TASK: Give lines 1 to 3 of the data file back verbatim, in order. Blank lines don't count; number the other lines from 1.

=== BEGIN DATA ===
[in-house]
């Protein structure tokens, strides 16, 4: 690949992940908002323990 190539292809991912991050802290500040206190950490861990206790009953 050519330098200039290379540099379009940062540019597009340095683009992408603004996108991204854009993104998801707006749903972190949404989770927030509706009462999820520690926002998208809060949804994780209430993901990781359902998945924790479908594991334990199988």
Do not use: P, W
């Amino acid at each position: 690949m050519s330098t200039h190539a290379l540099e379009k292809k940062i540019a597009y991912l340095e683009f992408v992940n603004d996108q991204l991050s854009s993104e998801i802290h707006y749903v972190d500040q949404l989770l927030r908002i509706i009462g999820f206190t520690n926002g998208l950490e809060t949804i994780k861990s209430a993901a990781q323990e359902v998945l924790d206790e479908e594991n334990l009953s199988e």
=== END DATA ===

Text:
[in-house]
């Protein structure tokens, strides 16, 4: 690949992940908002323990 190539292809991912991050802290500040206190950490861990206790009953 050519330098200039290379540099379009940062540019597009340095683009992408603004996108991204854009993104998801707006749903972190949404989770927030509706009462999820520690926002998208809060949804994780209430993901990781359902998945924790479908594991334990199988």
Do not use: P, W